Greer eventually fired O'Rourke and, investigators say, he and Johnson set up a company called Victory Strategies that would take 10 percent of all the money they raised. Witness after witness — from Gov. Crist to the party's treasurer and accountant and officers — said they did not know Greer had a stake in Victory Strategies.

Office manager Susan Wright was among the first insiders to raise concerns about spending by Greer and Johnson — and her reward eventually was to get fired. She told investigators that Johnson routinely turned in doctored receipts, while Greer used expensive charter planes on trips as short as Orlando to Tampa.

When she discovered in January a copy of the party's contract with Victory Strategies, she asked her boss, chief financial officer Richard Swarttz, about it. Swarttz told her to be quiet about it, and not long after she was fired. Swarttz told authorities he only knew Johnson had a stake in Victory Strategies.

State GOP Vice Chairman Allen Cox for months had been challenging Greer's financial management, but with little support from other party officials. Finally, even long supportive legislative leaders turned on him and Greer lost his job. Cox was forced to resign, too.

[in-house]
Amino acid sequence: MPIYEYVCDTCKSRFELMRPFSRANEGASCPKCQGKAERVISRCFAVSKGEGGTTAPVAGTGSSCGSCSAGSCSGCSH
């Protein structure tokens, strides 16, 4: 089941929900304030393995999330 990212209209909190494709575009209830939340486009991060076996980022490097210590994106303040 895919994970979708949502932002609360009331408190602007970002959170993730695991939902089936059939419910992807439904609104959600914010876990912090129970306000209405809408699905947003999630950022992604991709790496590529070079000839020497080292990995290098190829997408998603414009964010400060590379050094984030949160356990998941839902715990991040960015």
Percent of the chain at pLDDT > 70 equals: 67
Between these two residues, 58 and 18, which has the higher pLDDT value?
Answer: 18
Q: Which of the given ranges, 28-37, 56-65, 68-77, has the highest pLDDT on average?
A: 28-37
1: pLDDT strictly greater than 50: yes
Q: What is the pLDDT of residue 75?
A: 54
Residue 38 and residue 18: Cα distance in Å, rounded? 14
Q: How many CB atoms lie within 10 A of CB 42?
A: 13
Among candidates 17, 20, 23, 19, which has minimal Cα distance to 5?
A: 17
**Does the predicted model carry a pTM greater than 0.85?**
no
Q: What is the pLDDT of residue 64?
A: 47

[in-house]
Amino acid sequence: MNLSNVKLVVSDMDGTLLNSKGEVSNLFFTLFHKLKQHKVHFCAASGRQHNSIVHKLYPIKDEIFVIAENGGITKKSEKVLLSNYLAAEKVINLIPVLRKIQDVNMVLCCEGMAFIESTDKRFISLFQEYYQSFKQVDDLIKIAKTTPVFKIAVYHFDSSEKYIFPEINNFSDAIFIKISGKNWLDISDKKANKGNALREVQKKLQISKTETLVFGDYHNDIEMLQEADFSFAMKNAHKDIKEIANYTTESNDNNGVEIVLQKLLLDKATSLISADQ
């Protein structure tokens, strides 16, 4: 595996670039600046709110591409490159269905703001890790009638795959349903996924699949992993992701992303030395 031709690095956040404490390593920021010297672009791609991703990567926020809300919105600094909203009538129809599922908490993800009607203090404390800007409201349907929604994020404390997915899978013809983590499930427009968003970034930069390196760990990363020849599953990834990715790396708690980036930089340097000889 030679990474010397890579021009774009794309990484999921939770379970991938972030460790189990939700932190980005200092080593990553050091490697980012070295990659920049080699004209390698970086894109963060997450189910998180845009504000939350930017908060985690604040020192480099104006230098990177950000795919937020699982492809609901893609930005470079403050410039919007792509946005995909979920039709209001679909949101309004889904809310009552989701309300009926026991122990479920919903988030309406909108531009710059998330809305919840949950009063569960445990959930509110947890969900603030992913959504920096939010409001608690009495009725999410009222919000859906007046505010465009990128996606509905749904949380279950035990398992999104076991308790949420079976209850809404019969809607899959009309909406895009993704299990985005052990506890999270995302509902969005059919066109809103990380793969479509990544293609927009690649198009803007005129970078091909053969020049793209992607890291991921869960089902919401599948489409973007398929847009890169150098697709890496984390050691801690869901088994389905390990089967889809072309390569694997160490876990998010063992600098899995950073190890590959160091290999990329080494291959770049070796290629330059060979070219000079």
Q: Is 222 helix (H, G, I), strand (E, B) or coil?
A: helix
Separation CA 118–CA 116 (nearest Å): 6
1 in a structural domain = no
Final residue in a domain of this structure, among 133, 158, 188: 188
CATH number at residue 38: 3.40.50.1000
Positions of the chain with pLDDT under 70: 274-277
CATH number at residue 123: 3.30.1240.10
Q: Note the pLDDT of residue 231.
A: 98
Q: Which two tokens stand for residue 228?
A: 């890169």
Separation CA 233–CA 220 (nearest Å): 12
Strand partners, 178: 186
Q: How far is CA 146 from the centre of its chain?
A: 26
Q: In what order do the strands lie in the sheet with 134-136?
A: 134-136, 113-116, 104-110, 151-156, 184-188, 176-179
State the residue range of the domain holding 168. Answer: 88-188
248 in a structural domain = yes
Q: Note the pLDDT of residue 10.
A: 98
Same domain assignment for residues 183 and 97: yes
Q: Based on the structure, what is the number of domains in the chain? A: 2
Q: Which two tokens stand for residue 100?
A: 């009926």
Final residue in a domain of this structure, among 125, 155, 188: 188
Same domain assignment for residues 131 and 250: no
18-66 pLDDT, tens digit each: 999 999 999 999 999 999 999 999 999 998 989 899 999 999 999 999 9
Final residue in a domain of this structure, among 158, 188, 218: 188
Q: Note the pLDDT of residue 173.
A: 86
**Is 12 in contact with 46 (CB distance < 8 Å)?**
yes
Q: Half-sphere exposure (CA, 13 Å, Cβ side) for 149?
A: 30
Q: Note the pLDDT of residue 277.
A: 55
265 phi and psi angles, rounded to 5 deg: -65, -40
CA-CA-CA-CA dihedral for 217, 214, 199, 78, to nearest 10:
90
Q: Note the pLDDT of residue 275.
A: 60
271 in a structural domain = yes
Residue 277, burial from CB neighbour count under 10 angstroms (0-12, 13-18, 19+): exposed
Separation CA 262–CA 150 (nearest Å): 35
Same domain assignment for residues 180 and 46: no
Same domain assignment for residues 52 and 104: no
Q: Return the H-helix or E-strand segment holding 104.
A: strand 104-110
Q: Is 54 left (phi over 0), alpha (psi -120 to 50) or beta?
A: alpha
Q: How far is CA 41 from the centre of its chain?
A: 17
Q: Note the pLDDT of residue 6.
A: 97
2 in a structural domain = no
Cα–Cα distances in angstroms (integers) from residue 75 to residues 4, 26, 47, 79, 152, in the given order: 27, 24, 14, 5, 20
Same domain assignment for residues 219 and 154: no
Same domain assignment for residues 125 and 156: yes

• • •

Speaking on the recorded line to Delmar Johnson in late March, Greer noted that only a few party leaders were talking to him.

"Why do you think people are treating us this way?'' Greer asked.

"They're, you know, I guess looking out for themselves,'' Johnson said.

"Well, that's why you need to get down here and stay for a night."

"Yeah, yeah,'' Johnson responded. "...I'll get down there. Thanks, Jim. ..Kiss my godson for me."

Times/Herald staff writer Mary Ellen Klas contributed to this report.

Jim Greer's downfall as RPOF chairman came slowly, steadily 06/30/10 [Last modified: Wednesday, June 30, 2010 11:20pm]